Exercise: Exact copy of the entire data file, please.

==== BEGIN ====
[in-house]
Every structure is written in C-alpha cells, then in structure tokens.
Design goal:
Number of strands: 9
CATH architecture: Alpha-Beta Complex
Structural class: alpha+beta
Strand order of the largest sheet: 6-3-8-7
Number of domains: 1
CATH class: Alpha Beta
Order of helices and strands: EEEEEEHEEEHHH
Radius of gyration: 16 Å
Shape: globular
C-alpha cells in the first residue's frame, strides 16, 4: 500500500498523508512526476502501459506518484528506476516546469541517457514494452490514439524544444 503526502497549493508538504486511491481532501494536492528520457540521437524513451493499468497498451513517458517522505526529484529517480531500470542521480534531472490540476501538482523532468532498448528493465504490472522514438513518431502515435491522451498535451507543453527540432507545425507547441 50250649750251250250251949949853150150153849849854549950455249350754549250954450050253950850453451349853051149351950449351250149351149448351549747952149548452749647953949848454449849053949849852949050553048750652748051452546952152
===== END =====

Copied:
[in-house]
Every structure is written in C-alpha cells, then in structure tokens.
Design goal:
Number of strands: 9
CATH architecture: Alpha-Beta Complex
Structural class: alpha+beta
Strand order of the largest sheet: 6-3-8-7
Number of domains: 1
CATH class: Alpha Beta
Order of helices and strands: EEEEEEHEEEHHH
Radius of gyration: 16 Å
Shape: globular
C-alpha cells in the first residue's frame, strides 16, 4: 500500500498523508512526476502501459506518484528506476516546469541517457514494452490514439524544444 503526502497549493508538504486511491481532501494536492528520457540521437524513451493499468497498451513517458517522505526529484529517480531500470542521480534531472490540476501538482523532468532498448528493465504490472522514438513518431502515435491522451498535451507543453527540432507545425507547441 50250649750251250250251949949853150150153849849854549950455249350754549250954450050253950850453451349853051149351950449351250149351149448351549747952149548452749647953949848454449849053949849852949050553048750652748051452546952152